If the end user had an option to purchase either a vendor's camera that supports Micro-Manager for 4500 or an identical camera (i.e identical sensor, albeit with different housing and stickers) from another vendor without Micro-Manager support for 1000, which option would carry more probability, assuming the end user is your average biologist that does a bit of basic googling?  Perhaps a lot (vast majority) of users will prefer the 1000 camera and would go via DirectShow and OpenCVgrabber, even if the controls are not making full use of the cameras capabilities but would suffice for certain experimental set ups.
Well, you get what you pay for: If you don't want to pay more for a camera that supports Micro-Manager, you won't get Micro-Manager support.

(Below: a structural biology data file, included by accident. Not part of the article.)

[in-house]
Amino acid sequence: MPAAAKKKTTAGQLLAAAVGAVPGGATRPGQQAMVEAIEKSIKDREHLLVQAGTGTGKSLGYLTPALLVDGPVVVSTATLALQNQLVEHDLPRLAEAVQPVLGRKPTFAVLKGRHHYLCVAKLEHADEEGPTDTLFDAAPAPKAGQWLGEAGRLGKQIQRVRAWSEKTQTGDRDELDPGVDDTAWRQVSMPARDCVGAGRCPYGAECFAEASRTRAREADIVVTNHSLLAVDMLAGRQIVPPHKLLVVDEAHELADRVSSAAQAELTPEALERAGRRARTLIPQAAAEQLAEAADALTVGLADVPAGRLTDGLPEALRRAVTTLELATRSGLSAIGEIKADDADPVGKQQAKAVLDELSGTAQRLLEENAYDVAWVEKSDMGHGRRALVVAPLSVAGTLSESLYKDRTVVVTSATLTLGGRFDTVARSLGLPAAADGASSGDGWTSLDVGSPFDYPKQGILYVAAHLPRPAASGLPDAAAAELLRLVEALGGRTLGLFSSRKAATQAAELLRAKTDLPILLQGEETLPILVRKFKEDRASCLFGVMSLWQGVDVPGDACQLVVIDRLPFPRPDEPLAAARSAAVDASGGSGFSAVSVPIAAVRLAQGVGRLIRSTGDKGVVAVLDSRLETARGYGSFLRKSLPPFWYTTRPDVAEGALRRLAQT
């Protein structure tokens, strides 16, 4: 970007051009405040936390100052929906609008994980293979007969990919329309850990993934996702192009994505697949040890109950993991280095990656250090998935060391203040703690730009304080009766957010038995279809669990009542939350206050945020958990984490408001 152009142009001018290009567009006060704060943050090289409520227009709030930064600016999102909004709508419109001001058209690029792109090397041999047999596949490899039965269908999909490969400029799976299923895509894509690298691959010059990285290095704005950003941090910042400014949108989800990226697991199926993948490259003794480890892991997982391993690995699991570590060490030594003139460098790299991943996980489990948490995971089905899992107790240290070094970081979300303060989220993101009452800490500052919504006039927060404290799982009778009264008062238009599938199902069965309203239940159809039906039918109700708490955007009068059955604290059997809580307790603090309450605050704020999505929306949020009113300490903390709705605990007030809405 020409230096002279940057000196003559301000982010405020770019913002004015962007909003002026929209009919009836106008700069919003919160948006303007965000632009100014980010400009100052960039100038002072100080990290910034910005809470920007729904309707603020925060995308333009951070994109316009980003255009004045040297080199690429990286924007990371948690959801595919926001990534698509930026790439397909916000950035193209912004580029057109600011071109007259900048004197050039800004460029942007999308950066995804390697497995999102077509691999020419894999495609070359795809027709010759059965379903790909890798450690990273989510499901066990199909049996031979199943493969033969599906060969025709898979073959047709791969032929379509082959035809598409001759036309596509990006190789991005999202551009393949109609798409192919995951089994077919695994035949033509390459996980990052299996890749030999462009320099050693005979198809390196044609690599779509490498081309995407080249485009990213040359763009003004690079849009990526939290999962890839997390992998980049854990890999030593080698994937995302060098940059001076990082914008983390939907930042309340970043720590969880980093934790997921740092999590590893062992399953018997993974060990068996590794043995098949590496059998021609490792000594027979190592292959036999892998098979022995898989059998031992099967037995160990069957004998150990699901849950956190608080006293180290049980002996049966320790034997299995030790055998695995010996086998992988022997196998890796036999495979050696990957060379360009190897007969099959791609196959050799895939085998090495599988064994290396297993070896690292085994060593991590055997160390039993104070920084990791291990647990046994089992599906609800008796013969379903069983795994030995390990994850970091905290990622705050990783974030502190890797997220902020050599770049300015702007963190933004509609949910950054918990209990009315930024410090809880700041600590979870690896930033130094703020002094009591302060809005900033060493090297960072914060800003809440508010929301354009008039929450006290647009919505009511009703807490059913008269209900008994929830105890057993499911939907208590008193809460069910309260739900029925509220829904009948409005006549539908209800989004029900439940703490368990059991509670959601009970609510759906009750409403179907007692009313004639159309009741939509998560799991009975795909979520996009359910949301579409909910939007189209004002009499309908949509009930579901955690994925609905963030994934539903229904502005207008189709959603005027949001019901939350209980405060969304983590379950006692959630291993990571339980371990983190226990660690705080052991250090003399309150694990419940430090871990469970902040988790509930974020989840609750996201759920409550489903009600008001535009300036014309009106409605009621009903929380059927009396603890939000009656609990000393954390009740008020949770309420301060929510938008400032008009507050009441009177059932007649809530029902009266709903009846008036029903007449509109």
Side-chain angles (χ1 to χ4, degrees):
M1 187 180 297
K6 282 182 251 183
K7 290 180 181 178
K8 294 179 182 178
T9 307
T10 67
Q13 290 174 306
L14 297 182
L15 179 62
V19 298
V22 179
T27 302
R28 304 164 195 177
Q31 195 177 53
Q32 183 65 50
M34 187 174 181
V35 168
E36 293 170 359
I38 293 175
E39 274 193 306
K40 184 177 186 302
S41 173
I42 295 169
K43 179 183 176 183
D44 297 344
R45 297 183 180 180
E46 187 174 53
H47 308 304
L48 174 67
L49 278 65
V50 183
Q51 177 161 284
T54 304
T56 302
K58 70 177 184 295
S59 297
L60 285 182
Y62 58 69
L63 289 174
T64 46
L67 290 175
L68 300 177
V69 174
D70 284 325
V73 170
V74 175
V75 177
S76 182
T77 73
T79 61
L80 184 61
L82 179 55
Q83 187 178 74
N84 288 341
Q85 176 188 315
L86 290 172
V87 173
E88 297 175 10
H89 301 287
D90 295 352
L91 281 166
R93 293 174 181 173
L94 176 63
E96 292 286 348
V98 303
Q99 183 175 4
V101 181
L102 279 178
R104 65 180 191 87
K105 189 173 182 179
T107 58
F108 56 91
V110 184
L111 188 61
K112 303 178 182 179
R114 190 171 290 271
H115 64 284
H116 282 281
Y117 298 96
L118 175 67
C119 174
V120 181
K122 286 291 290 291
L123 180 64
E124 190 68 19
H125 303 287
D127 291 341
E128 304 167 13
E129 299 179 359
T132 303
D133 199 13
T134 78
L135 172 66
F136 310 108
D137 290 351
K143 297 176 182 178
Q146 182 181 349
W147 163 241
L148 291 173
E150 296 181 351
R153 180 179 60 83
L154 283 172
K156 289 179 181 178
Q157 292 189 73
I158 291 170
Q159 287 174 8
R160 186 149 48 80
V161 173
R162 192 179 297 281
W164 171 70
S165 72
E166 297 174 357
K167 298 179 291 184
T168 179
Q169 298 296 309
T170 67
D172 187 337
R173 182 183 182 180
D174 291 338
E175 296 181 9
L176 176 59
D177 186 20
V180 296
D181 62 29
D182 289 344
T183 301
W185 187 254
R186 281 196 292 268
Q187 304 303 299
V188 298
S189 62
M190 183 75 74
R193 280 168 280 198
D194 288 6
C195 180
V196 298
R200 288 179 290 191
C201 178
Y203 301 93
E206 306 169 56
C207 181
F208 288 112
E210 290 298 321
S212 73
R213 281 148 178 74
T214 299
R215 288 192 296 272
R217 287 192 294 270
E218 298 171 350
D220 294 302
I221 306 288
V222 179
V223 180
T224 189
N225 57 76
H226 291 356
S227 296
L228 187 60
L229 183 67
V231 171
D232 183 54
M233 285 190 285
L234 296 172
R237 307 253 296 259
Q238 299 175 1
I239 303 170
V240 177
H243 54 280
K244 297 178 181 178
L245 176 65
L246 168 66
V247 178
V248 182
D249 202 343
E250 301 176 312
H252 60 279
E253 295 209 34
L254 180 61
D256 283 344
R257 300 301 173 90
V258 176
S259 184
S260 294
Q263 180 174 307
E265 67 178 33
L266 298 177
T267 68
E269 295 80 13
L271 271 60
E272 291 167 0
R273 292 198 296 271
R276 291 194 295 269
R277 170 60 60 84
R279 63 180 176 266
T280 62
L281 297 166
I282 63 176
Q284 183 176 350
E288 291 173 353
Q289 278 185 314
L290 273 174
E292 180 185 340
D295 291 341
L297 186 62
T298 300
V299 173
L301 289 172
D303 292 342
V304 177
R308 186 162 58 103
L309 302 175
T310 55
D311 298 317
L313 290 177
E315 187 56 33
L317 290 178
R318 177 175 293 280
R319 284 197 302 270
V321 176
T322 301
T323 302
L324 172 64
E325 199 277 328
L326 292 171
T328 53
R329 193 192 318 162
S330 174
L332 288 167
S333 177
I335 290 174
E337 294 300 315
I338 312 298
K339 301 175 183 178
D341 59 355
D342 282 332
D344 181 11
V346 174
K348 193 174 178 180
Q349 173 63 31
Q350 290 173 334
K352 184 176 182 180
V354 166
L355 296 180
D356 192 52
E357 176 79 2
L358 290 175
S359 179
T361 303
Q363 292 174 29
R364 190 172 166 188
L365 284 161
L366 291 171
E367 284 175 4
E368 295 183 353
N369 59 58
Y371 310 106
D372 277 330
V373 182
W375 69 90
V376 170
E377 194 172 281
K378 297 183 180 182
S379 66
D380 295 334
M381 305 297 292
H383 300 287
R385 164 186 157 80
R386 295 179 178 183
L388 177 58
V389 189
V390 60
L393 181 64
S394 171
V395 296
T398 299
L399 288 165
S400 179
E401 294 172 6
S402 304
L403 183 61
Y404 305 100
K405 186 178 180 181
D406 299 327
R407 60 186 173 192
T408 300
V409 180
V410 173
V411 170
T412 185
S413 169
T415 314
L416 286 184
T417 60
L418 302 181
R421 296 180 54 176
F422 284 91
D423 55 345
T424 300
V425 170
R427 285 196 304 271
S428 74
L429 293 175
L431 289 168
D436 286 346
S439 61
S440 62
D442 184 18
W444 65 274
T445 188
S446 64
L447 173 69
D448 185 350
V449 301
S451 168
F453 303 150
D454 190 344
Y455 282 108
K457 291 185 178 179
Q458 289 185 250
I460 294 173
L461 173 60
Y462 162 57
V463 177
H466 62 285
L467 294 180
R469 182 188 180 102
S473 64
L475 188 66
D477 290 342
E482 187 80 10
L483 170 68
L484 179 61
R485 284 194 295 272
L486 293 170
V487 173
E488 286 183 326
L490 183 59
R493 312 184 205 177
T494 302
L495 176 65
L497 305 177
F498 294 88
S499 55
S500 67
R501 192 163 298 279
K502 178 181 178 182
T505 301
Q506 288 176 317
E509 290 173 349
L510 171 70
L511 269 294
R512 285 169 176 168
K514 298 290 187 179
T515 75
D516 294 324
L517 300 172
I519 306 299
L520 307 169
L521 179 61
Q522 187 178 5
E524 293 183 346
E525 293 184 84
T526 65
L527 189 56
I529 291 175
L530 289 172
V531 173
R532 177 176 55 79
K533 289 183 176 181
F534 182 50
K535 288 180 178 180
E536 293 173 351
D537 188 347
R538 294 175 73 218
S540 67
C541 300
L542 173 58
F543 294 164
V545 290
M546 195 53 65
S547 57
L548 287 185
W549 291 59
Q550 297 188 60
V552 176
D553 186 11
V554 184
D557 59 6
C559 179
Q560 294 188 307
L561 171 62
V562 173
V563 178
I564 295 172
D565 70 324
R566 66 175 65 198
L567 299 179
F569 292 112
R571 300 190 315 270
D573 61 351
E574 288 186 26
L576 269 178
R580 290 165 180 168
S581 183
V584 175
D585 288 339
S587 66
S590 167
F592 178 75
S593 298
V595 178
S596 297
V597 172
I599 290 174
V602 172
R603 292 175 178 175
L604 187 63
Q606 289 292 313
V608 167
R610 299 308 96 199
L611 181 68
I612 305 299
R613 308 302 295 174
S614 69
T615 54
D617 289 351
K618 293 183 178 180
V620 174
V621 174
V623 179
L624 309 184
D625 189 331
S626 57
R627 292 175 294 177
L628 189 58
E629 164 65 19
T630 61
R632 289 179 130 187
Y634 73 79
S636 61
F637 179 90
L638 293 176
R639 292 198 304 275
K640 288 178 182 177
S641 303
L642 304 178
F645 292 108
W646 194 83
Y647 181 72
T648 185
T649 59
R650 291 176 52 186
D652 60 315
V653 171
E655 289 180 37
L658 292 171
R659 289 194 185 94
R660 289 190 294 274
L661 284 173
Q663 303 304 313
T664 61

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Re: point grey research (PGR) Grasshopper 3 USB3 vision interfacing with MM

Nico Stuurman-2
In reply to this post by Dr.MVH

On 3/10/16 11:21 AM, Dr.MVH wrote:
> First of all let me say that I am sure the scientific community (including
> myself) is grateful to you and your colleagues for the development and
> maintenance of MicroManager. My answers to your comments below are in no way
> aimed to undermine this amazing tool and your work.
I also want to start by thanking you for sharing your thoughts, it is so
much better to have those out in the open rather than percolating
through the community.  Mark and Chris (with my and Ron's help) have
setup Open Imaging as a way to continue to provide open source
microscope imaging tools for the scientific community. It is actually
quite difficult to fund a project like this (believe me, I have been
writing grants for this for over a decade), and I think that Open